Austin McChord was thinking about his next steps after leaving Datto, a company he founded and led before selling it for what some reports estimate to be $1.5 billion, when David Fialkow, General Catalyst’s co-founder, approached him to join the firm as a venture partner.
“Datto provided a great return and I was asked to help find GC another Datto,” said McChord in an interview with VCJ
GC invested $25 million in Datto’s first venture round in 2013. Vista Equity Partners bought the company in 2017. McChord explained that he owes a great deal of Datto’s success to GC’s involvement in his company and as an investment partner he can not only discover great businesses, but also help founders take their businesses to the next level.
At General Catalyst, McChord will focus on investing in startups in infrastructure and SaaS, software-enabled hardware, and industrial IoT companies. “I am looking for companies with some revenue, but at an earlier stage than when GC invested in Datto,” he said.
McChord will be based in GC’s Boston office, but he intends to look for investment opportunities across the East Coast, particularly in second-tier cities with great universities, such as Rochester, New York, and Pittsburgh, Pennsylvania, he told VCJ. His focus away from major tech centers is not a surprise. Datto was Connecticut’s first unicorn.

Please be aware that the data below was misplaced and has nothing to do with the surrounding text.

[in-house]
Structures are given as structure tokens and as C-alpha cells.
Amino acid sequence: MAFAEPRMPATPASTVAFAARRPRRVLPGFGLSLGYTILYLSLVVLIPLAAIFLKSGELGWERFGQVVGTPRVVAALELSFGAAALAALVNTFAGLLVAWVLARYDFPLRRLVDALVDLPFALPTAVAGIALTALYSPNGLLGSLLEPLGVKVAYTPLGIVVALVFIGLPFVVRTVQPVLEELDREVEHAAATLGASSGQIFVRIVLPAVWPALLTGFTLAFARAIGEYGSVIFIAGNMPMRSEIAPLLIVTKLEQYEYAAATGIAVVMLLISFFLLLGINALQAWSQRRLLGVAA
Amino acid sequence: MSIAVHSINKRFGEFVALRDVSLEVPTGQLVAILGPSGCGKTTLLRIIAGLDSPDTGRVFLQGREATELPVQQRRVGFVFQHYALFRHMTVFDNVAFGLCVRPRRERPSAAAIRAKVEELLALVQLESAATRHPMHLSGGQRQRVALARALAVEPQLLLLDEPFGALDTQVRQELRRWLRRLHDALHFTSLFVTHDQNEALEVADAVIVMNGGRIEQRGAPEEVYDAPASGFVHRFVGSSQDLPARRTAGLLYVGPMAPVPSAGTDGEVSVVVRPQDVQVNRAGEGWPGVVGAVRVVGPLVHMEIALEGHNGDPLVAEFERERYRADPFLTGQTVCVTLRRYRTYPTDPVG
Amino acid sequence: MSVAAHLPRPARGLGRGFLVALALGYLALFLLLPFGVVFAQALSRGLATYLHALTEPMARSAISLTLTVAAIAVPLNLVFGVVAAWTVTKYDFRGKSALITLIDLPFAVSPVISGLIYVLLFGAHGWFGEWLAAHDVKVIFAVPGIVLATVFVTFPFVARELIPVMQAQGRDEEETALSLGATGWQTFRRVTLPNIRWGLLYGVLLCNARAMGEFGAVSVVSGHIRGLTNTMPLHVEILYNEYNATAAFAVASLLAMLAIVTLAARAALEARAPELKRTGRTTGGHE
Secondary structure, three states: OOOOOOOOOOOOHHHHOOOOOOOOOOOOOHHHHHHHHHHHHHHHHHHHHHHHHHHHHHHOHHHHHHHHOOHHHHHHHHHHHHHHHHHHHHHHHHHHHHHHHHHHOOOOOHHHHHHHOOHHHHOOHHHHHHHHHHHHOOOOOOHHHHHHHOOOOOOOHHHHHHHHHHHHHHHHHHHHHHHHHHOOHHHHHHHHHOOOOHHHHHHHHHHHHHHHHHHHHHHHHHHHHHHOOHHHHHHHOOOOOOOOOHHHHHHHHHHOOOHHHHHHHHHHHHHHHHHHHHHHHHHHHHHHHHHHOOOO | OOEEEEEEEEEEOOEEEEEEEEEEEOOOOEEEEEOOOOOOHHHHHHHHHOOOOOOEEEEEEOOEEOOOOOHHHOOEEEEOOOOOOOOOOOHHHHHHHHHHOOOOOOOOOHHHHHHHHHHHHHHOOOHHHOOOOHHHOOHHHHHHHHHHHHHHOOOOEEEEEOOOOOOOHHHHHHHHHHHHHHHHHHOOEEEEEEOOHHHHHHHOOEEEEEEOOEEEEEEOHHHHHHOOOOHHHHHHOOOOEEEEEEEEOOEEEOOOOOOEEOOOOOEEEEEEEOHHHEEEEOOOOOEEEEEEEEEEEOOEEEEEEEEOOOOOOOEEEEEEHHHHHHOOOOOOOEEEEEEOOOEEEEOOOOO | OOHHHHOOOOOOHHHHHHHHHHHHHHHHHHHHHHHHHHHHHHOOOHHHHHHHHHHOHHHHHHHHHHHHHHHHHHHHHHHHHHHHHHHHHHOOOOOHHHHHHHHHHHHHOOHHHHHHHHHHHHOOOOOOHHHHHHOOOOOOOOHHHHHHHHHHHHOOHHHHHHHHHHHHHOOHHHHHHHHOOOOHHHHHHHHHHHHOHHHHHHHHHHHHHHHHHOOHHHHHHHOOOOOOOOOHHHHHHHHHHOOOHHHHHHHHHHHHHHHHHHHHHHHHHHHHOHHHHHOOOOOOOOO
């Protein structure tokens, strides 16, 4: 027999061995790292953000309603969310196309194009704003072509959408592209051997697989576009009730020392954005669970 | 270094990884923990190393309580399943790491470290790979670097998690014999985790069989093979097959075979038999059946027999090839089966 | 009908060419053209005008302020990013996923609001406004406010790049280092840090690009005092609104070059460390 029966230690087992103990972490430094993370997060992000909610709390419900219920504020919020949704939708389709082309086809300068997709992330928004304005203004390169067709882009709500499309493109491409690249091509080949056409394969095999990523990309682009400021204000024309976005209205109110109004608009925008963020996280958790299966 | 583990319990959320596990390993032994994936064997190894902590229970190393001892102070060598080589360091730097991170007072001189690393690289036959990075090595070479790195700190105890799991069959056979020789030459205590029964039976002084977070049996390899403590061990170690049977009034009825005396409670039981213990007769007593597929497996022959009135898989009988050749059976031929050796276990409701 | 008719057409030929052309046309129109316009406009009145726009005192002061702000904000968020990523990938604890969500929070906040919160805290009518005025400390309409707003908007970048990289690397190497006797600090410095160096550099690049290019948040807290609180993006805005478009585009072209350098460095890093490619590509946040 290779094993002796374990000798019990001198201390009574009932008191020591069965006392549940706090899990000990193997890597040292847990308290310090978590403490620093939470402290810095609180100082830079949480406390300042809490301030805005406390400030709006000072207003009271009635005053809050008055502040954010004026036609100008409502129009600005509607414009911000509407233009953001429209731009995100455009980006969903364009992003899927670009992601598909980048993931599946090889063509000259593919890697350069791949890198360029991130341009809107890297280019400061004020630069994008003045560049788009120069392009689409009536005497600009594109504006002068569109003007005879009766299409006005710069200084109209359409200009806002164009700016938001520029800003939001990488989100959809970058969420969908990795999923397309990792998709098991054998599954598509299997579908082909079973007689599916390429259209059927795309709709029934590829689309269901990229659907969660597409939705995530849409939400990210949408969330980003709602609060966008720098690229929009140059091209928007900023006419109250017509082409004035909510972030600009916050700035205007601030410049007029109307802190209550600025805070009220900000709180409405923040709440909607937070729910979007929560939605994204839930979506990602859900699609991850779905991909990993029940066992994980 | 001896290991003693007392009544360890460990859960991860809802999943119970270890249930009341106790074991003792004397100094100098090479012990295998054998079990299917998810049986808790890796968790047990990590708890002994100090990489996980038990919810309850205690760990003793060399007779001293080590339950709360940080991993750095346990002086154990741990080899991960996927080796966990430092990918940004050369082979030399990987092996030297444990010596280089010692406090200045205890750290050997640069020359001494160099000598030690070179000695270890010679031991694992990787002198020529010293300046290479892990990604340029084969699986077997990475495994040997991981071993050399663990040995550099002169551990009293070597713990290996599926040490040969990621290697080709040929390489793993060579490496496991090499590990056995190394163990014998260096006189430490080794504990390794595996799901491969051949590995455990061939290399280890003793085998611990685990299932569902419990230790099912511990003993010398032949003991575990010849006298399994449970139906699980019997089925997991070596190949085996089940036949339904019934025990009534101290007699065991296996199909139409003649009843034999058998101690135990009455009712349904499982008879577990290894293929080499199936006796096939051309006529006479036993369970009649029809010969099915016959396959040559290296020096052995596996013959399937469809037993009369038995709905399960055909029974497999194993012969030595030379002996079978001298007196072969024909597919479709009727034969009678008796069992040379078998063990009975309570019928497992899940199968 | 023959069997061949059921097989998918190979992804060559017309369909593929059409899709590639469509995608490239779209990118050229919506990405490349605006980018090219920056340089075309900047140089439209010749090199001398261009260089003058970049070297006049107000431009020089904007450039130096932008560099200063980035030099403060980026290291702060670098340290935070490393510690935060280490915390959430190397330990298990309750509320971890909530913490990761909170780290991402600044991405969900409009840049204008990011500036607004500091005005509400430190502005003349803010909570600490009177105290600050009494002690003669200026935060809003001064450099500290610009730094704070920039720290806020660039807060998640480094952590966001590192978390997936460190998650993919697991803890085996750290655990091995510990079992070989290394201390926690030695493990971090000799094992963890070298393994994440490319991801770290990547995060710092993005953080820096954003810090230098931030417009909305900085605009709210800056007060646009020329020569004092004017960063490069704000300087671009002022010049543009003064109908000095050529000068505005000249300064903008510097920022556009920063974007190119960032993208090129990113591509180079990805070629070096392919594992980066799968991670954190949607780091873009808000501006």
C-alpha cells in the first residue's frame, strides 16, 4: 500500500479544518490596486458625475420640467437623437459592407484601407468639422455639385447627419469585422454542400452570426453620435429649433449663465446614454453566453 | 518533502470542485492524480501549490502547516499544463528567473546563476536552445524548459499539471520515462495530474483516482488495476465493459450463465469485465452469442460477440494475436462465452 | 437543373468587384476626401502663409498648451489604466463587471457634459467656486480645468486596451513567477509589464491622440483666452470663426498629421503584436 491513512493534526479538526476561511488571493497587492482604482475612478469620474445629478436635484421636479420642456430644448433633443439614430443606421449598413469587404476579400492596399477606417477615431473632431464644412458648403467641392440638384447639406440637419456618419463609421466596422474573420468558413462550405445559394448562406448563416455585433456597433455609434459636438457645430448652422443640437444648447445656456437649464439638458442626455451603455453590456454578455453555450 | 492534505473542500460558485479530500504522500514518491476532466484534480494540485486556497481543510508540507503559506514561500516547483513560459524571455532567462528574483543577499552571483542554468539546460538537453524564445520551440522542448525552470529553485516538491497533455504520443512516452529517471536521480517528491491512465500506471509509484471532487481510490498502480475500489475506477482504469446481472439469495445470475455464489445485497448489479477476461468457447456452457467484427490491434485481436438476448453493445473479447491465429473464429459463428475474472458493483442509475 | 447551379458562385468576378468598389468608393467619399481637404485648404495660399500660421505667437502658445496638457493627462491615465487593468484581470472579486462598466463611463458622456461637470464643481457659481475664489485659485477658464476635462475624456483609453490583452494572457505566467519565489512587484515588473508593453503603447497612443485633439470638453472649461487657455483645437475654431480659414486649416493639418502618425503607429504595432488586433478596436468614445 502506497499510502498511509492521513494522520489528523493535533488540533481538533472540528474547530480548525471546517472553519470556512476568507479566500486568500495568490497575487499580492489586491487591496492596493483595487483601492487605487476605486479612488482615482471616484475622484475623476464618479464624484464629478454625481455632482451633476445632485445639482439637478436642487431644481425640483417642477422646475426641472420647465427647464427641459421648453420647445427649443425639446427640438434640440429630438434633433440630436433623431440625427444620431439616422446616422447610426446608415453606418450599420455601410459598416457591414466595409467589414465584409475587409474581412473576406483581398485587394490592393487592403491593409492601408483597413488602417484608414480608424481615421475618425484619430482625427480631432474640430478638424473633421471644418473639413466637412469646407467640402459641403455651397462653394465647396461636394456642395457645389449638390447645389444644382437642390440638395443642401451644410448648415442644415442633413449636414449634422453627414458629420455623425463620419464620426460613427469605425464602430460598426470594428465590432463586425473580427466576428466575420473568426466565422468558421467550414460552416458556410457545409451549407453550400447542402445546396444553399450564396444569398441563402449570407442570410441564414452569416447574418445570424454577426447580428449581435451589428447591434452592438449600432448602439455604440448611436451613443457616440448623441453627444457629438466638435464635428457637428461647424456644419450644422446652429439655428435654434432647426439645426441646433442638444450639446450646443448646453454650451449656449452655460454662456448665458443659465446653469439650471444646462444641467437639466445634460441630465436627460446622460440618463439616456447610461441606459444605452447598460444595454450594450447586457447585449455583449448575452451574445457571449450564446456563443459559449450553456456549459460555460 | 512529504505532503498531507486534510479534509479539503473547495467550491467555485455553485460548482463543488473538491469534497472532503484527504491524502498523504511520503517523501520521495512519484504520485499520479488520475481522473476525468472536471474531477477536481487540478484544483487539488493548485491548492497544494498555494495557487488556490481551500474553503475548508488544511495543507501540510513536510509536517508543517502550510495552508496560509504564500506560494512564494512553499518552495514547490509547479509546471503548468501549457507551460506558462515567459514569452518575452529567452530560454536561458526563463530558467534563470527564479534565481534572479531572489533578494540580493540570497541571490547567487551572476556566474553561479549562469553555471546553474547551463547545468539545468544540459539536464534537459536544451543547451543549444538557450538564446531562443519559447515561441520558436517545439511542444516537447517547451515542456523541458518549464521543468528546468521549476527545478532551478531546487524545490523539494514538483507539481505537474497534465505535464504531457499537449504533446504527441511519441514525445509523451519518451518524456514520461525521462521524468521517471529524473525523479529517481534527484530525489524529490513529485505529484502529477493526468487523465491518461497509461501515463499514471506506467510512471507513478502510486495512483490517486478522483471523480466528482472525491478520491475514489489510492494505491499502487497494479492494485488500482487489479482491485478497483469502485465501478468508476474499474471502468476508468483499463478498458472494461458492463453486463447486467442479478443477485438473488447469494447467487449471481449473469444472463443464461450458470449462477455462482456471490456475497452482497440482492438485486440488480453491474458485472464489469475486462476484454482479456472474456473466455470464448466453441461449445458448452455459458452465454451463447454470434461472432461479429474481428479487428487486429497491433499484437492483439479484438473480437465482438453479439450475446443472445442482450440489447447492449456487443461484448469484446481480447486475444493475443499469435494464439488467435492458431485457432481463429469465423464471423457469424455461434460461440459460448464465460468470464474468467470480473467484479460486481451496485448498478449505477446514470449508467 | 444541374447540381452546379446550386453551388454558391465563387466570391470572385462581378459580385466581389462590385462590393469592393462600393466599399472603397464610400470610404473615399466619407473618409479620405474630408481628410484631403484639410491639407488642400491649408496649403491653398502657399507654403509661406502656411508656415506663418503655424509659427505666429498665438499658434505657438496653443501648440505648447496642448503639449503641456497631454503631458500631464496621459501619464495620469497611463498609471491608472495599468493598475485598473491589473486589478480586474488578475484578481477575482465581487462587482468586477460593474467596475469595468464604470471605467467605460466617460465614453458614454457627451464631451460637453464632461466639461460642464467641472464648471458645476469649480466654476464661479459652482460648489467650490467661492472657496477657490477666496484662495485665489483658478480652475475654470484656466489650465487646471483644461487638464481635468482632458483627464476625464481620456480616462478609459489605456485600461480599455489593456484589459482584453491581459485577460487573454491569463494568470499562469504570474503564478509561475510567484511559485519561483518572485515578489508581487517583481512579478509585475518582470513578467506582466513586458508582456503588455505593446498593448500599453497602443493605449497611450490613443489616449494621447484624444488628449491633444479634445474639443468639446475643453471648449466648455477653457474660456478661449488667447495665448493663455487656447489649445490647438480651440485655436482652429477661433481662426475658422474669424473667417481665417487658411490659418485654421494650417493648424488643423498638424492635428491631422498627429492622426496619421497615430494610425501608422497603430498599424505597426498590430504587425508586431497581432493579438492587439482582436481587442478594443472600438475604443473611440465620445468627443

He did not comment on check sizes, but McChord should not have trouble writing them. General Catalyst in March last year raised nearly $1.4 billion for its ninth and largest fund to date.
The GC team, especially Paul Sagan, former CEO of Akamai Technologies and Datto board member, advised McChord on how to run Datto as a long-term business, rather than a large project, McChord said.
At GC, McChord joins 13 other partners and managing directors, including the former board members of Datto, Steve Herrod and Sagan.
McChord, who started Datto in 2007, while still in college, is cognizant that being a VC will be very different from running a company.
“I’ve not made any investments yet,” he said, “but other people have told me it’s a big transition from running a business to supporting other people’s dreams.”